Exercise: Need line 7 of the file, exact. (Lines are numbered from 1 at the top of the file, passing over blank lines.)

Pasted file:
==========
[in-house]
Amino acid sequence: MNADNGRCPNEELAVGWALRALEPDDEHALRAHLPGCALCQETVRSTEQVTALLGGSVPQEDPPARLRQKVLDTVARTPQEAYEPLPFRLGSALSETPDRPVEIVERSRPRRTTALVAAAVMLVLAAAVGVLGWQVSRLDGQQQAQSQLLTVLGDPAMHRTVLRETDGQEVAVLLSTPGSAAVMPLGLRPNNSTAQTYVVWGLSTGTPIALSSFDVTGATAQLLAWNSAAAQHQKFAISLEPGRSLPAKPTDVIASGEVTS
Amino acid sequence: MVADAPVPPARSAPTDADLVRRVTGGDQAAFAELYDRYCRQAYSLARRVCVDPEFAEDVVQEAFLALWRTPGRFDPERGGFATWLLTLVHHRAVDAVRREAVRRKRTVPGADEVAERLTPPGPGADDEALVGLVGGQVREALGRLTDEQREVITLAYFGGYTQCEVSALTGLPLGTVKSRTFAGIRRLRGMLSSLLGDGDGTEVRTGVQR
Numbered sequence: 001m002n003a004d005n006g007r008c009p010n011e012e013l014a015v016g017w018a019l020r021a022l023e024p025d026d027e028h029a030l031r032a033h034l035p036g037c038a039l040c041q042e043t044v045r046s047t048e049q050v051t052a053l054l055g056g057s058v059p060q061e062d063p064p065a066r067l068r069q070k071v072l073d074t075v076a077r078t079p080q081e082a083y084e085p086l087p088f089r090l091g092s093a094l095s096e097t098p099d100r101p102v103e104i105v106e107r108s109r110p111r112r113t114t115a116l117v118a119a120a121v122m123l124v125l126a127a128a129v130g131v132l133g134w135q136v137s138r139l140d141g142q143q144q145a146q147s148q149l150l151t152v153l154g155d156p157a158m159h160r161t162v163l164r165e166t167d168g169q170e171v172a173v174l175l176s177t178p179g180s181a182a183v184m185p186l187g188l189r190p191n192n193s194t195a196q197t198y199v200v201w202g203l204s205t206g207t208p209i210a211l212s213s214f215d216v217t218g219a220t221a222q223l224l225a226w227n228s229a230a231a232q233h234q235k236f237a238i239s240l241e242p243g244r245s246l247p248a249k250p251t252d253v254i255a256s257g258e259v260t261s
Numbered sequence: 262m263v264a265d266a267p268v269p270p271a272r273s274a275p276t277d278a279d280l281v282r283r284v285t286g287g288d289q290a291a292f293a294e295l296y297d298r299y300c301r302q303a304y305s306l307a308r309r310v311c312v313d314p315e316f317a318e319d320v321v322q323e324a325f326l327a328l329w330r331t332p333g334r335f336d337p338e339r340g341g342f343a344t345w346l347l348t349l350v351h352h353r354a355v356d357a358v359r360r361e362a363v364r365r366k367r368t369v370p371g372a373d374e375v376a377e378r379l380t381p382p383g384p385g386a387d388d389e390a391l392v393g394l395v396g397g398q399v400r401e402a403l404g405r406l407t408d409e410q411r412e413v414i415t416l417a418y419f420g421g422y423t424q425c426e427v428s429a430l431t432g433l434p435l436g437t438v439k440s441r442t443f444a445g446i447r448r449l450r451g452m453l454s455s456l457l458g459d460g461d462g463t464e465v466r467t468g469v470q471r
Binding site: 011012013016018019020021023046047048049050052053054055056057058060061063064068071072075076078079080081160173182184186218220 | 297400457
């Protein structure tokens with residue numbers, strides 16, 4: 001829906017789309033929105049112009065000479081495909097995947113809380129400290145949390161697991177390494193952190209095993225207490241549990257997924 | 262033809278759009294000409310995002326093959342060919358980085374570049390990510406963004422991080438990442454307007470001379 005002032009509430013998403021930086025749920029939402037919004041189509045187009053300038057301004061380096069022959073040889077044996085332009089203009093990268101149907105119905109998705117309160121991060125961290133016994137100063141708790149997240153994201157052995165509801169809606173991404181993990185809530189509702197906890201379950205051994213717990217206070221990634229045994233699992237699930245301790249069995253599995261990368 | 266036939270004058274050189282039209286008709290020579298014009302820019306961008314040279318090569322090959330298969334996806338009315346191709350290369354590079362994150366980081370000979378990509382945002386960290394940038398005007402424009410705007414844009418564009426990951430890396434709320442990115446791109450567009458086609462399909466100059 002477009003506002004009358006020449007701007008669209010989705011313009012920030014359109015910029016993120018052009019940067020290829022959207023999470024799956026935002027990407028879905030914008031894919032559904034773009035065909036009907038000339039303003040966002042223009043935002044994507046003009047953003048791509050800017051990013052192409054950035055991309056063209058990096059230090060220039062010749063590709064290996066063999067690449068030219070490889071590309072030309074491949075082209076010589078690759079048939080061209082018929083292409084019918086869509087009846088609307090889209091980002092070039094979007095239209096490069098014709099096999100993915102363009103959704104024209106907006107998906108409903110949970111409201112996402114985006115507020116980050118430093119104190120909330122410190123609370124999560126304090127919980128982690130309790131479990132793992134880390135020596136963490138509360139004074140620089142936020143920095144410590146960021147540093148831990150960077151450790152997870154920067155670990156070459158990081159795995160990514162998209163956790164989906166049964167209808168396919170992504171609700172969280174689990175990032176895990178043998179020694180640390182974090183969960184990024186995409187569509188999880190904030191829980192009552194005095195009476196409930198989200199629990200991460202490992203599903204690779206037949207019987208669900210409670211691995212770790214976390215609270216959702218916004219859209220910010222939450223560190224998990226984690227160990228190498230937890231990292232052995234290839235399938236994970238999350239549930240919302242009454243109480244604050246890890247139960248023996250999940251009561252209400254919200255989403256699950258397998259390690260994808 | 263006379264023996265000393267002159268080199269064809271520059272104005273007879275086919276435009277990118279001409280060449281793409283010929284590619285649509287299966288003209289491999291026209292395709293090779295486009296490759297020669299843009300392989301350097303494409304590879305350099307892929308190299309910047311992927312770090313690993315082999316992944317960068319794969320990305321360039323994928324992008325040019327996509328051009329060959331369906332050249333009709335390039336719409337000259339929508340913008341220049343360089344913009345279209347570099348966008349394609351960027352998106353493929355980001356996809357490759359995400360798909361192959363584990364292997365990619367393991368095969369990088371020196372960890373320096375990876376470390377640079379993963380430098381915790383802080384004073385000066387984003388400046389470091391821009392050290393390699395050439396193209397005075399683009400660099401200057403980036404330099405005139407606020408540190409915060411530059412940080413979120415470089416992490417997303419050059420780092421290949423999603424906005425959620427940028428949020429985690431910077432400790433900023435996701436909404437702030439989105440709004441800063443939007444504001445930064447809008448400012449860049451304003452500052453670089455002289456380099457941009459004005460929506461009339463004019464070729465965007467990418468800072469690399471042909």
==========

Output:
């Protein structure tokens with residue numbers, strides 16, 4: 001829906017789309033929105049112009065000479081495909097995947113809380129400290145949390161697991177390494193952190209095993225207490241549990257997924 | 262033809278759009294000409310995002326093959342060919358980085374570049390990510406963004422991080438990442454307007470001379 005002032009509430013998403021930086025749920029939402037919004041189509045187009053300038057301004061380096069022959073040889077044996085332009089203009093990268101149907105119905109998705117309160121991060125961290133016994137100063141708790149997240153994201157052995165509801169809606173991404181993990185809530189509702197906890201379950205051994213717990217206070221990634229045994233699992237699930245301790249069995253599995261990368 | 266036939270004058274050189282039209286008709290020579298014009302820019306961008314040279318090569322090959330298969334996806338009315346191709350290369354590079362994150366980081370000979378990509382945002386960290394940038398005007402424009410705007414844009418564009426990951430890396434709320442990115446791109450567009458086609462399909466100059 002477009003506002004009358006020449007701007008669209010989705011313009012920030014359109015910029016993120018052009019940067020290829022959207023999470024799956026935002027990407028879905030914008031894919032559904034773009035065909036009907038000339039303003040966002042223009043935002044994507046003009047953003048791509050800017051990013052192409054950035055991309056063209058990096059230090060220039062010749063590709064290996066063999067690449068030219070490889071590309072030309074491949075082209076010589078690759079048939080061209082018929083292409084019918086869509087009846088609307090889209091980002092070039094979007095239209096490069098014709099096999100993915102363009103959704104024209106907006107998906108409903110949970111409201112996402114985006115507020116980050118430093119104190120909330122410190123609370124999560126304090127919980128982690130309790131479990132793992134880390135020596136963490138509360139004074140620089142936020143920095144410590146960021147540093148831990150960077151450790152997870154920067155670990156070459158990081159795995160990514162998209163956790164989906166049964167209808168396919170992504171609700172969280174689990175990032176895990178043998179020694180640390182974090183969960184990024186995409187569509188999880190904030191829980192009552194005095195009476196409930198989200199629990200991460202490992203599903204690779206037949207019987208669900210409670211691995212770790214976390215609270216959702218916004219859209220910010222939450223560190224998990226984690227160990228190498230937890231990292232052995234290839235399938236994970238999350239549930240919302242009454243109480244604050246890890247139960248023996250999940251009561252209400254919200255989403256699950258397998259390690260994808 | 263006379264023996265000393267002159268080199269064809271520059272104005273007879275086919276435009277990118279001409280060449281793409283010929284590619285649509287299966288003209289491999291026209292395709293090779295486009296490759297020669299843009300392989301350097303494409304590879305350099307892929308190299309910047311992927312770090313690993315082999316992944317960068319794969320990305321360039323994928324992008325040019327996509328051009329060959331369906332050249333009709335390039336719409337000259339929508340913008341220049343360089344913009345279209347570099348966008349394609351960027352998106353493929355980001356996809357490759359995400360798909361192959363584990364292997365990619367393991368095969369990088371020196372960890373320096375990876376470390377640079379993963380430098381915790383802080384004073385000066387984003388400046389470091391821009392050290393390699395050439396193209397005075399683009400660099401200057403980036404330099405005139407606020408540190409915060411530059412940080413979120415470089416992490417997303419050059420780092421290949423999603424906005425959620427940028428949020429985690431910077432400790433900023435996701436909404437702030439989105440709004441800063443939007444504001445930064447809008448400012449860049451304003452500052453670089455002289456380099457941009459004005460929506461009339463004019464070729465965007467990418468800072469690399471042909």